Back to school shopping isn't what it used to be, but that could be good news for credit unions.
According to the latest "Back to School Report" from Cardlytics, consumers doing back-to-school shopping are making more trips to more stores, with specialty retailers seeing the biggest gains. Additionally, once brick-and-mortar shopping is done, there's a bump in online purchasing.
Credit unions that dig into the research may discover some real loan growth opportunities, particularly in credit cards.
Examining data from the six-week mid-July through August shopping season in 2013 and 2014, Cardlytics found not only a 3.04% increase in back-to-school spend for 2014, but that increase was driven by a 3.74% increase in the number of shopping trips consumers made. Consumers are spreading their spend around, too, hitting up more specialty stores instead of shops like Target and Walmart.
"The amount of trips that consumers take outside of their normal fallback was a big surprise to me," said Dani Cushion, CMO at Cardlytics. "That means consumers are going outside of their normal stores and normal fallback. There's a bit of a change of shopping behavior within that back-to-school period compared to the rest of the year."
While one-stop shops such as Target still represent more than 42% of consumers back to school shopping activity, they saw a decline of more than 7%, losing ground to the likes of apparel stores (a 2.1% lift) and office supply and electronics stores (a 2.4% increase). Pricier electronics also saw a significant spike in online sales during September.
Cardlytics didn't have data on whether back-to-school shopping patterns have shifted away from Trapper Keepers and Nikes toward electronic items, though John Brown, Cardlytics' president of U.S. operations, said that "there is data out there that suggests overall that more dollars are shifting away from clothes and toward electronics."
Despite Cardlytics data, there are signs that this year's back-to-school shopping might not measure up to previous seasons. According to public television's "Nightly Business Report," a recent Deloitte study predicted that shopping patterns in 2015 could drop by as much as 20%, thanks to consumers shopping for school items throughout the year and refreshing their supplies when they run low. Similarly, the National Retail Federation is forecasting a 6% drop in overall spending for back-to-school shopping this year.
'Kind of a Tradition'
Whether spending is up or down this year, going back to school won't be cheap for many consumers, and credit unions have products at the ready to help cash-strapped members.
OE FCU in Livermore, Calif., has offered back-to-school loans since 2011, and marketing manager Francisco Salazar said the CU normally makes 30 to 50 of the loans each year. Priced at 9.25% for a 12-month term, OE members can borrow anywhere from $1,000 to $3,000, though the average amount borrowed is $2,065. Salazar said he does not believe this year will be much different.
While some students do need pricey electronics for school, Salazar said that based on OE's membership, "most likely it's going for younger kids — school supplies and clothes. Nowadays everybody has a laptop and iPad and that type of stuff, so electronics do play a role, but our membership [is] definitely going for [more traditional] school supplies."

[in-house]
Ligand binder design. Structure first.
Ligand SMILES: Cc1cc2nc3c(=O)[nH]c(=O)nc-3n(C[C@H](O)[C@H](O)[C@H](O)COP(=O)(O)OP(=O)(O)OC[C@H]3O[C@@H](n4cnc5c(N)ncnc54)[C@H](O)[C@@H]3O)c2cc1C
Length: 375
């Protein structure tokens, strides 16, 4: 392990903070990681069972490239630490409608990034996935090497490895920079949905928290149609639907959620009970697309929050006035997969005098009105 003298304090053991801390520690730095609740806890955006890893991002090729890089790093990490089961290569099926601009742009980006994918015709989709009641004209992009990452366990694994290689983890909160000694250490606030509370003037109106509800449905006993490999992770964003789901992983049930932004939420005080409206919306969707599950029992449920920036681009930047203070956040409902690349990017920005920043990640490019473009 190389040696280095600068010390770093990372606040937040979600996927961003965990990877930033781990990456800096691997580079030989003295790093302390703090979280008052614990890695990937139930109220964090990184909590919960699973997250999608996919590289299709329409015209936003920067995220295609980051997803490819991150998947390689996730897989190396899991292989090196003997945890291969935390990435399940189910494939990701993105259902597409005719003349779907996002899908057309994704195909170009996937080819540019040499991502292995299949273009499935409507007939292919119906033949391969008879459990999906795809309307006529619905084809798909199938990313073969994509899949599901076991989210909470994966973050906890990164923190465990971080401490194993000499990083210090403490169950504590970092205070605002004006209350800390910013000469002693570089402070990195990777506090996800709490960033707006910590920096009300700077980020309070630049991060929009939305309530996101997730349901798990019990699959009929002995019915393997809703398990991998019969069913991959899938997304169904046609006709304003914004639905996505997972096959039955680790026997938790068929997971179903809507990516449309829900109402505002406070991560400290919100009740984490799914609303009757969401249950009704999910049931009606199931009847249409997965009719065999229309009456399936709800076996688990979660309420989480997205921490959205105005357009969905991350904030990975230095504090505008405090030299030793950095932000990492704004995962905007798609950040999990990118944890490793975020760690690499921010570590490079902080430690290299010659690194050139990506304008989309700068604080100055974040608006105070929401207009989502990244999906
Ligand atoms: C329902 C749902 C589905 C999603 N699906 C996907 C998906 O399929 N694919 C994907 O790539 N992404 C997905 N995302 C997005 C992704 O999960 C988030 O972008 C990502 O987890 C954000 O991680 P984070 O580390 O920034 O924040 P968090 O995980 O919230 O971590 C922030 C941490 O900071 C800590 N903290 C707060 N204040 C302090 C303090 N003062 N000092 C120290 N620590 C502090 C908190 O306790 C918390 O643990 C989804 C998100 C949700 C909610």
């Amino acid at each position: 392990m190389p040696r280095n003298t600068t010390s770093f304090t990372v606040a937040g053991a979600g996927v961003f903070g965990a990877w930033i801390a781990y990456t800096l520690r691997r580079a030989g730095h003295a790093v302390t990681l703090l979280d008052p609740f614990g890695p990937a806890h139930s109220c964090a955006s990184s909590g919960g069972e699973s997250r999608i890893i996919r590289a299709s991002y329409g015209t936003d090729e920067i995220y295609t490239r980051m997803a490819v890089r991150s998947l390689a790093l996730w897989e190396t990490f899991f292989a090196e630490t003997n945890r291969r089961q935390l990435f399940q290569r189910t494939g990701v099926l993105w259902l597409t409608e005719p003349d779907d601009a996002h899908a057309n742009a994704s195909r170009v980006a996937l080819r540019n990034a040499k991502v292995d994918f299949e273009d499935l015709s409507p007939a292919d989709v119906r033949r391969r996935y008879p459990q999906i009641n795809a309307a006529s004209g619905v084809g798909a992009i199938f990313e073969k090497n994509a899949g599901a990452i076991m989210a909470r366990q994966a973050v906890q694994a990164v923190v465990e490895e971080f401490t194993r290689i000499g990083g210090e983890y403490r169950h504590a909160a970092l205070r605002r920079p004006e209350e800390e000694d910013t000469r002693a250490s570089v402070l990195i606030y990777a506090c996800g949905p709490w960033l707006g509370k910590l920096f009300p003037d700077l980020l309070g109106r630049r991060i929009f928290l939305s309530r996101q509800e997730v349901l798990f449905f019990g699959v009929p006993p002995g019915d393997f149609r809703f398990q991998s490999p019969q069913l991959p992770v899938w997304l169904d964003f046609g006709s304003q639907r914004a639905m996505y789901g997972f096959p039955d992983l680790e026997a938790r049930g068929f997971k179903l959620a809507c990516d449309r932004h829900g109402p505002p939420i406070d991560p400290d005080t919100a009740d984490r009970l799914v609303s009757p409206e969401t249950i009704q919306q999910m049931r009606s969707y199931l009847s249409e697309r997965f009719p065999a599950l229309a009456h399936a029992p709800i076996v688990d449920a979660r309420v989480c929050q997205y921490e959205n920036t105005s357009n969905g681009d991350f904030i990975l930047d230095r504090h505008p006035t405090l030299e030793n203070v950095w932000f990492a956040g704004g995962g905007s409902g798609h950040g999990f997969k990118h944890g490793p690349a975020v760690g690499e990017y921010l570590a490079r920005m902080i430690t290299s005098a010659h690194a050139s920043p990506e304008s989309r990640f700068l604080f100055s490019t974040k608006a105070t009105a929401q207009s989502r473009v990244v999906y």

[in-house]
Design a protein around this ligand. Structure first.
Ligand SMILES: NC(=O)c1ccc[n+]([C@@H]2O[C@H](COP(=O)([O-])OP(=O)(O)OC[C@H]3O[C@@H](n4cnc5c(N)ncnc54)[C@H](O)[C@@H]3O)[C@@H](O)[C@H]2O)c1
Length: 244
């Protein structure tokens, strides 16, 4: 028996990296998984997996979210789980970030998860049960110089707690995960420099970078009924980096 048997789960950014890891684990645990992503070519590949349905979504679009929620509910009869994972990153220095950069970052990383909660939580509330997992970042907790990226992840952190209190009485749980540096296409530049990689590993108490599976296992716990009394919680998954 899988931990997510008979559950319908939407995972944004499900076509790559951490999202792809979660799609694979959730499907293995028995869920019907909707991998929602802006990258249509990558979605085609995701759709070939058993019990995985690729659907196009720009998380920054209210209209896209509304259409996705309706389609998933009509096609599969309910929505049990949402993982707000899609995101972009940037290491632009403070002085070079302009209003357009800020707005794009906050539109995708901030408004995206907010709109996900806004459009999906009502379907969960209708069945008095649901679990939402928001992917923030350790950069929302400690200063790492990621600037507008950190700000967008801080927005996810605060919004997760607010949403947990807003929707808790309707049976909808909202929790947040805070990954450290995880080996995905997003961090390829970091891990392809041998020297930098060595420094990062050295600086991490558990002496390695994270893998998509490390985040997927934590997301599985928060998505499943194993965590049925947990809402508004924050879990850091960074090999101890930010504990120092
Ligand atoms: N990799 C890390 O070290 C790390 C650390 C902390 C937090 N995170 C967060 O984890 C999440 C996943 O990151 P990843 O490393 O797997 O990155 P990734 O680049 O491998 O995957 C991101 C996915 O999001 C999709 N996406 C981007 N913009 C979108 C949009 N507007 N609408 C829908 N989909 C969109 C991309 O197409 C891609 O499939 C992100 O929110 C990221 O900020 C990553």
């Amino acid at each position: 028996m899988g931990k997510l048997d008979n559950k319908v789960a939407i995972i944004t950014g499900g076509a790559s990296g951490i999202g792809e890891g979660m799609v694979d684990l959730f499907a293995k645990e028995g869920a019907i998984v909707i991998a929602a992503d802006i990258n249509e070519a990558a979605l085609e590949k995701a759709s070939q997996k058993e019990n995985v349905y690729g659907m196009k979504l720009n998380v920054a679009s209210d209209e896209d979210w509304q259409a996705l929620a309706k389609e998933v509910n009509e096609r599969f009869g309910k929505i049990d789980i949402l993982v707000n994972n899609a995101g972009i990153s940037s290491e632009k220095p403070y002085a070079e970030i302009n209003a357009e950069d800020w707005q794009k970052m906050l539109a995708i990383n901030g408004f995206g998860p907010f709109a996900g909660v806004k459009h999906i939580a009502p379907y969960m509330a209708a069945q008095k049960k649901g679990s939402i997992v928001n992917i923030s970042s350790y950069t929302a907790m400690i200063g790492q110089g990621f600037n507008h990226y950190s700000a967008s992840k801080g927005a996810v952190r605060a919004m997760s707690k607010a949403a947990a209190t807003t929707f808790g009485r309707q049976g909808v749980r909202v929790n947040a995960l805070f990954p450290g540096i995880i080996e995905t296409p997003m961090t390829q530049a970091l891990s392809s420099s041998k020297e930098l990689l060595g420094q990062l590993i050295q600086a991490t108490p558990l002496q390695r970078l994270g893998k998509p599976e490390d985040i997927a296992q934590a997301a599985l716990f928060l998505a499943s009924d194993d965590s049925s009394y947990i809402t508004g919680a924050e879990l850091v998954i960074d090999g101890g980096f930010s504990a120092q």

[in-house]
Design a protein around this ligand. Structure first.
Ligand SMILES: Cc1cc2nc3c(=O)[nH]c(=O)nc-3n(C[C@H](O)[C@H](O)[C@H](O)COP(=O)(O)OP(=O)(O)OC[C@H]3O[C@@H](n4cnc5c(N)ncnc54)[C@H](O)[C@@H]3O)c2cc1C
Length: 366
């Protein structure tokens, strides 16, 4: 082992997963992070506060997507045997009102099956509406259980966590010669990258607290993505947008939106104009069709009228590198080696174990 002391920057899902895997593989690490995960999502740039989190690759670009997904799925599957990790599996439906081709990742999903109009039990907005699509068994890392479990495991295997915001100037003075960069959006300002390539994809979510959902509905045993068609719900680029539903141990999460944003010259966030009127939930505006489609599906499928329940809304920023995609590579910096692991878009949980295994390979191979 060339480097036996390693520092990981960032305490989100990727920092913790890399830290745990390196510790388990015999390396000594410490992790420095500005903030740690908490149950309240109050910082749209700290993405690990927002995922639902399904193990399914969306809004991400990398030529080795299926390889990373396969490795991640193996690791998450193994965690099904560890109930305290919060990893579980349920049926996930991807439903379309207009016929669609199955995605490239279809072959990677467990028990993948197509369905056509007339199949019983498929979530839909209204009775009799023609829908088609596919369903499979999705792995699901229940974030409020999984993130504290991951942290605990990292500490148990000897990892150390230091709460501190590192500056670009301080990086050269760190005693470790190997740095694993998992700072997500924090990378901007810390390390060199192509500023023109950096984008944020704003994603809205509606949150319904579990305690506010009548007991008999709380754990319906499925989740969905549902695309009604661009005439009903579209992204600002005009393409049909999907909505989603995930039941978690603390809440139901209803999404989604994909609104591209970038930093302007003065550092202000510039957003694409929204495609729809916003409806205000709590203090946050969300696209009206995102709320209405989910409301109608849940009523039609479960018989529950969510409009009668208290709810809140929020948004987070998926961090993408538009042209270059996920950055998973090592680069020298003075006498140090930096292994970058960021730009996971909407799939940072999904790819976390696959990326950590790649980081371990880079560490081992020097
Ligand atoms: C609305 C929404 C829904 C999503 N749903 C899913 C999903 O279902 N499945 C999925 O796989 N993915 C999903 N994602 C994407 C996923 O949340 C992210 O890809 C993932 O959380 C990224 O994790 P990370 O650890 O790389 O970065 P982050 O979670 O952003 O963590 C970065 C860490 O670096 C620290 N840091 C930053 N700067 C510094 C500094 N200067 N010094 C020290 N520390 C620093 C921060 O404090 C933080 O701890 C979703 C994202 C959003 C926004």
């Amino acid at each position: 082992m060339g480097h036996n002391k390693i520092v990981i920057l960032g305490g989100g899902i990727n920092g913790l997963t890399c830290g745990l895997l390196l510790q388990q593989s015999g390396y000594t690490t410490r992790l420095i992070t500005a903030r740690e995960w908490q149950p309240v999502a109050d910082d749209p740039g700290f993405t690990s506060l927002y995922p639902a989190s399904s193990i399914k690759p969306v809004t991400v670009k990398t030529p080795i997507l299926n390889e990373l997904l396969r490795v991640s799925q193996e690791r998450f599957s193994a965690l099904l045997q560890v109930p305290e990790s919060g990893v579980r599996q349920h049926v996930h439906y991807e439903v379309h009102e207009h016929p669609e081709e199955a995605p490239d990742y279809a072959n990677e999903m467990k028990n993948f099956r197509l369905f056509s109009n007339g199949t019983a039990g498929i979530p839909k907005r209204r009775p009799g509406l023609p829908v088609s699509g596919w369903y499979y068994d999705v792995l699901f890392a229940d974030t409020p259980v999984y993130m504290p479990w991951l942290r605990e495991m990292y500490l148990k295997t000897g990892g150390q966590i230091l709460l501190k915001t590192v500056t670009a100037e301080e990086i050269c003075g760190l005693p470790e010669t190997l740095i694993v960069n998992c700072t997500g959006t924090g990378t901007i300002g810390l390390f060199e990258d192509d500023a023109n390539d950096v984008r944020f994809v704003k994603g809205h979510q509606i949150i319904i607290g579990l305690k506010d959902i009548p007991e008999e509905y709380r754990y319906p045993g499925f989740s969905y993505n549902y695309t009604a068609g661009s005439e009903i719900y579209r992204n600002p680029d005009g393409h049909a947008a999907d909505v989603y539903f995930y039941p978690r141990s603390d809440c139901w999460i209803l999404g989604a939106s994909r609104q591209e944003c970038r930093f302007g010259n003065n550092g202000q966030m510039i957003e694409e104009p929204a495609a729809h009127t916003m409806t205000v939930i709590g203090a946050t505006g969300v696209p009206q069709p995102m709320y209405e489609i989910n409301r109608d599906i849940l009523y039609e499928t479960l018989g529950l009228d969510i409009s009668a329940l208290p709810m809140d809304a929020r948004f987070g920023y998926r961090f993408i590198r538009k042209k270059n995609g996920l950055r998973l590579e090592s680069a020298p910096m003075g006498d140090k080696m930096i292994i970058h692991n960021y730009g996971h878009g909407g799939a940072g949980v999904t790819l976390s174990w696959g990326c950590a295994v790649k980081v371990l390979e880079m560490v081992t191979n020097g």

At UNCLE CU, also in Livermore, Calif., the loans are "just kind of a tradition," according to Sarah Samuel, VP of sales and marketing at the $308 million credit union.
Samuel said that for many people, back-to-school costs can be an issue for cash-strapped families struggling to deal with everyday expenses and bills.
"I have a daughter who's a freshman in high school now," said Samuel. "They come home with those packets and you have to pay for PE uniforms, all kinds of stuff that you need to pay for in addition to that if they want to get enrolled in extra-curricular activities, plus clothes or shoes or maybe a calculator or other school supplies that aren't cheap. The expenses may vary, but the fact is that they're there."
For 2015, UNCLE is offering loans of up to $20,000 starting at 5.49%, depending upon credit worthiness. While in the past the credit union has also offered Visa balance transfer promotions at this time of year, Samuel said that one benefit of the back to school loans — which are merely seasonal repackagings of the credit union's personal loan — is that personal loan balances are higher than credit cards.
Samuel said the hope is that UNCLE will make between 50 and 75 of the loans this year for total loan fundings of $310,000 to $465,000, or an average loan balance of $6,200.
White Sands FCU in Las Cruces, N.M. has been marketing back to school loans for at least six years, and VP of Marketing Sharon Summer said that the loan — another repackaged signature loan — is a no-brainer.
"It's kind of dumb if you don't advertise these things, because it doesn't really cost you anything," she said. "When you send out a newsletter or put something on your website or in-branch it's a very minimal cost, so if you don't do that type of advertising I think you're remiss."
OE FCU's Salazar said that dressing up the personal loan for back-to-school season helps remind members that they might need a loan in a way that advertising a traditional personal loan might not.
"It's the right message at the right time," he said.